Since the Affordable Care Act was signed into law more than four years ago, healthcare payers have recognized that their world would change. Think of a couple expecting their first child: they know that their lives will be transformed, but it’s not until the baby arrives that they can actually understand the extent of change (and often chaos) that ensues.
Well, the baby has arrived. The anticipation of change has evolved into a reality of mandates, deadlines and competition. Payers that have traditionally sold to and worked with business organizations must now target individual consumers. Established business and technology strategies are proving to be ineffective and obsolete, and service providers are increasingly taking on responsibilities and services that have previously been considered core to the payer.
Put more bluntly, the healthcare industry is discovering that what it’s done for the past 50 years doesn’t work anymore.
One underlying imperative in today’s market is simplification: Simplification for the consumer in understanding plan options and making choices and finding providers; simplification of provider interactions and benefits confirmations; simplification of new product introductions; and simplification of compliance with mandates, especially as timelines continue to accelerate.
That last point – compliance mandates – is opening up significant opportunities for service providers to use social media and other disruptive technologies to drive innovation and change. I recently spoke with a provider who developed a solution to drive a 60 percent reduction in cost for claims management processing, coupled with a 50 percent reduction in time required to comply with new mandate implementations. What’s interesting is that the solution required disrupting established legacy business processes that had been sacrosanct in the pre-ACA environment. It also required the new thinking and innovation that the provider had brought to the table. In the past, this transformational project would have been in the purview of the internal team – an internal team wedded to legacy practices and the established order. As a result, it would have never gotten off the ground. Today, however, the C-suite is recognizing that bigger and bolder thinking is needed to address the enormous operational challenges posed by the ACA.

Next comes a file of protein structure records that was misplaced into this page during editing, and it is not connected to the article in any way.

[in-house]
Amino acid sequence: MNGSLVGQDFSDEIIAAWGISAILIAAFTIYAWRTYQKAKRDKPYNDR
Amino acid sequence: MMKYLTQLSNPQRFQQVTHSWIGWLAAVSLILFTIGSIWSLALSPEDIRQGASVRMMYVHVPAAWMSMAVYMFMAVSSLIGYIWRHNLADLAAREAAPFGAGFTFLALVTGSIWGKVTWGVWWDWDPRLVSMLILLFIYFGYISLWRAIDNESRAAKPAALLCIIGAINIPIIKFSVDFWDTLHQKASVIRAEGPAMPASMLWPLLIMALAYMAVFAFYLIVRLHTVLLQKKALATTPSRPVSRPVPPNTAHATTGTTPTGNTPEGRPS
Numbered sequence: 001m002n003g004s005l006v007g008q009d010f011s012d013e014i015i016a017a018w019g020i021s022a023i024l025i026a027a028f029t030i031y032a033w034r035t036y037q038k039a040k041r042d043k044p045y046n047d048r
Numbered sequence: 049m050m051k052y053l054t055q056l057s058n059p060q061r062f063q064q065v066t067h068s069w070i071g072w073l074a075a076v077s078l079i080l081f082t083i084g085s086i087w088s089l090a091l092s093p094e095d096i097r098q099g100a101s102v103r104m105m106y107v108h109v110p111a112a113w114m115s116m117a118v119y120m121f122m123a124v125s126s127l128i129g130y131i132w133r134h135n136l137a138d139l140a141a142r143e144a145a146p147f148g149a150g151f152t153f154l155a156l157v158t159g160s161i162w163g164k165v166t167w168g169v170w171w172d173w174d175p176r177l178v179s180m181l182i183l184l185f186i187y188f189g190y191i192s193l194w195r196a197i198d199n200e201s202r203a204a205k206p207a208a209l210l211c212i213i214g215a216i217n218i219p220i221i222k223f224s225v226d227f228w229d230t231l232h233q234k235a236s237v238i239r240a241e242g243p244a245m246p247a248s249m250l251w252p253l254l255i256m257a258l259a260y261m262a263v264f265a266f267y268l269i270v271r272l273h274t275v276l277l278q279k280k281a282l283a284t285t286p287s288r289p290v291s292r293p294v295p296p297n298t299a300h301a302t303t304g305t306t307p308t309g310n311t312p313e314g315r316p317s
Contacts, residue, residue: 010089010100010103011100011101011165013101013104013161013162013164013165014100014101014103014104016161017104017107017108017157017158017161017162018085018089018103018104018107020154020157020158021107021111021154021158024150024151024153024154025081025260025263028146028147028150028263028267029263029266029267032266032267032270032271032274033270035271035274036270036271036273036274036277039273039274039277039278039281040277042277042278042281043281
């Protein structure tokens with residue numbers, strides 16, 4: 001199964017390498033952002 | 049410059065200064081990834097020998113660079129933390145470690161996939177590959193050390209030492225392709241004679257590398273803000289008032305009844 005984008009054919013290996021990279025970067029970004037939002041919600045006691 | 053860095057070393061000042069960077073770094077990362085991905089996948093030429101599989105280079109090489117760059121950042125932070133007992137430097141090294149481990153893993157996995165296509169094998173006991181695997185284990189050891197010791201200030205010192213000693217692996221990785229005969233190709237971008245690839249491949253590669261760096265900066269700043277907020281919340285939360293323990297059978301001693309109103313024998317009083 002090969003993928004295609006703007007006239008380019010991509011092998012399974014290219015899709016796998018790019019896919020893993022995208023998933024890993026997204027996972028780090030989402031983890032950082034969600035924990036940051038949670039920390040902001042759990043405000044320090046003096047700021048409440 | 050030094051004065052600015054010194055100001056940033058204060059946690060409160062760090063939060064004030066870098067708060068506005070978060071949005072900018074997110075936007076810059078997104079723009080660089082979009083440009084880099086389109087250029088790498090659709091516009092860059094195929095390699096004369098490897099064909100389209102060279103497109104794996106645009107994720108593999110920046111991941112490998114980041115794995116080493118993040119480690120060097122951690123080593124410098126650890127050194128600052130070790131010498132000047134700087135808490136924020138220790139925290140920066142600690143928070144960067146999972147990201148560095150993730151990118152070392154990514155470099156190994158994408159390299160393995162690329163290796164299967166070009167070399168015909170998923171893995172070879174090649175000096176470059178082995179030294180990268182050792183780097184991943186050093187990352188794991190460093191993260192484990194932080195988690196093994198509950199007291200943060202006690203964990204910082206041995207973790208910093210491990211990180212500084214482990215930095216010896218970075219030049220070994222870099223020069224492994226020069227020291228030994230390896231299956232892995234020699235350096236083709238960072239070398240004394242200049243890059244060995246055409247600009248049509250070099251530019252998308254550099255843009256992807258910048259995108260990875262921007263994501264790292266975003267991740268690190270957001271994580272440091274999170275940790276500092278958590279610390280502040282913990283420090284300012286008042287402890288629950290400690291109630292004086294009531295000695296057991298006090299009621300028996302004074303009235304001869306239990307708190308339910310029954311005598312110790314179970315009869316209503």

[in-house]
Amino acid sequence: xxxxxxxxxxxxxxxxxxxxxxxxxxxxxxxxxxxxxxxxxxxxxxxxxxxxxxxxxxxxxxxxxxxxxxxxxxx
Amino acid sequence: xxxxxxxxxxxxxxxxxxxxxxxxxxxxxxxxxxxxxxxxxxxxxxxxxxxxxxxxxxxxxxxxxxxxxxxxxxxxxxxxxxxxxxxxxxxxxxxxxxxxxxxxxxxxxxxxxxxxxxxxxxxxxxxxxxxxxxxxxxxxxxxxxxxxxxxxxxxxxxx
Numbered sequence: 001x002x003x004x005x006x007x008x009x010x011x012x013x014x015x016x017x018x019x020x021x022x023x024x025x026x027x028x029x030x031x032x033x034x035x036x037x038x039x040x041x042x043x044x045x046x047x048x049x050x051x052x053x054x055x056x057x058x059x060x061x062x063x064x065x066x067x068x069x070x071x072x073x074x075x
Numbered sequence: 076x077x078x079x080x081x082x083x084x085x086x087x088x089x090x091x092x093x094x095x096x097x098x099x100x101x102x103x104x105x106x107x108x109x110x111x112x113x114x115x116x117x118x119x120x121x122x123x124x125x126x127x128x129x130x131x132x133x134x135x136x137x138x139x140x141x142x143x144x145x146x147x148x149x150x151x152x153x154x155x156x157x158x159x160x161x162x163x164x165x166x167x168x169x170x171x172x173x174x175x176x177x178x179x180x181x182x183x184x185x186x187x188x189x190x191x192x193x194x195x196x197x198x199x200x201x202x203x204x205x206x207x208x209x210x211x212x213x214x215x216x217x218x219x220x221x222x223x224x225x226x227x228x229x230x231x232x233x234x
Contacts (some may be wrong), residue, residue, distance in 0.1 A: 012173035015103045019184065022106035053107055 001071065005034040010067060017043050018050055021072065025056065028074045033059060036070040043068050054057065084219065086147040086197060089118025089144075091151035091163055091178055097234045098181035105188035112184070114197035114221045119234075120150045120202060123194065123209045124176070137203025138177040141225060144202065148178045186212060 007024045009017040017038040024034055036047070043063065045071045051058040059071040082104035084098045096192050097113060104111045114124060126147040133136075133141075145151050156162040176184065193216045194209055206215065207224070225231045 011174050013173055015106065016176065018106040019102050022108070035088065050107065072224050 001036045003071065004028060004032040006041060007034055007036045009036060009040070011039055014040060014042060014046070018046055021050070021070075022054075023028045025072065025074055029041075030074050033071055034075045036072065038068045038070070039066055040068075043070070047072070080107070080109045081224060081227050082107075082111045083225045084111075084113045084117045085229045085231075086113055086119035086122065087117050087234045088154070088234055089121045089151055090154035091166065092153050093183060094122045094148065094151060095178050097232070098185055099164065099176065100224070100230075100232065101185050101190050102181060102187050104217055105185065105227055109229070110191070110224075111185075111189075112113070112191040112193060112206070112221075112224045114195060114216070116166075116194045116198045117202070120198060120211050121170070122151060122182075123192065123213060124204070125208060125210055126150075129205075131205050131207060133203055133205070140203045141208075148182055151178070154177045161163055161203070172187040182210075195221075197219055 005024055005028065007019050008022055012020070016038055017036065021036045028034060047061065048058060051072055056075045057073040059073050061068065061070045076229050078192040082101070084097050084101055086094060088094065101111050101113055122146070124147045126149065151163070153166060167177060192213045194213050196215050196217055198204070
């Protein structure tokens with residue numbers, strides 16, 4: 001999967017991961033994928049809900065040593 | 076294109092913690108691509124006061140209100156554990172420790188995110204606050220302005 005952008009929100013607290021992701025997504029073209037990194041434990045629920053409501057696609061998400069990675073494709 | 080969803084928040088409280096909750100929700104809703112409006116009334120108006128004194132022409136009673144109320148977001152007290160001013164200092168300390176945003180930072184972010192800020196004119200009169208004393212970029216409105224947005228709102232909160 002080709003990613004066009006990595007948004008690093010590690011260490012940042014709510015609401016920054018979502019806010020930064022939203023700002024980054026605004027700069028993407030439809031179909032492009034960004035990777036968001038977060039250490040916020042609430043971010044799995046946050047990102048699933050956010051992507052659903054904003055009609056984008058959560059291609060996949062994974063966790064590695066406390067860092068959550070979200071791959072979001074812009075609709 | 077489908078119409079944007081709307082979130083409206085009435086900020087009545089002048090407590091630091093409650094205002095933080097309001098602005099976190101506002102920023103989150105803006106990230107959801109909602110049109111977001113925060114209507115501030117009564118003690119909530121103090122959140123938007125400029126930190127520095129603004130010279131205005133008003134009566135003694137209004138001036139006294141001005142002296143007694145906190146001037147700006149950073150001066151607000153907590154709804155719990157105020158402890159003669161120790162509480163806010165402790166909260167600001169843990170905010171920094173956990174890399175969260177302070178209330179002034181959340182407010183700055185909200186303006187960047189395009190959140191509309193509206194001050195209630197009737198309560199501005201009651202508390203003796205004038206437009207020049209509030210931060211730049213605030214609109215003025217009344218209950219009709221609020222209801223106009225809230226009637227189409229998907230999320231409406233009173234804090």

In looking for solutions, payers seek to apply proven approaches to the new problems the sector faces. While finding proven approaches to new problems by definition poses a challenge, the good news is that lessons learned from other industries that have been roiled by competitive and regulatory change can be applied to the healthcare market. I’ll be discussing some of these lessons at the ISG Sourcing Industry Conference, which will be held in Dallas later this month. Hope to see you there and benefit from the insights and experience of the provider community.About the author
Al Denis brings considerable experience in information technology (IT) to ISG clients in his role as Director, Healthcare Practice Lead for ISG. In his career, Al has delivered technical, sourcing and business services to Blue Cross and Blue Shield of North Carolina, Anthem, Kaiser Permanente, Sentara Health Systems, CareFirst, University of Pennsylvania Health System and Wellpoint. Al is among ISG's most accomplished experts in the evaluation of complex global sourcing alternatives, including solution evaluation and supplier management.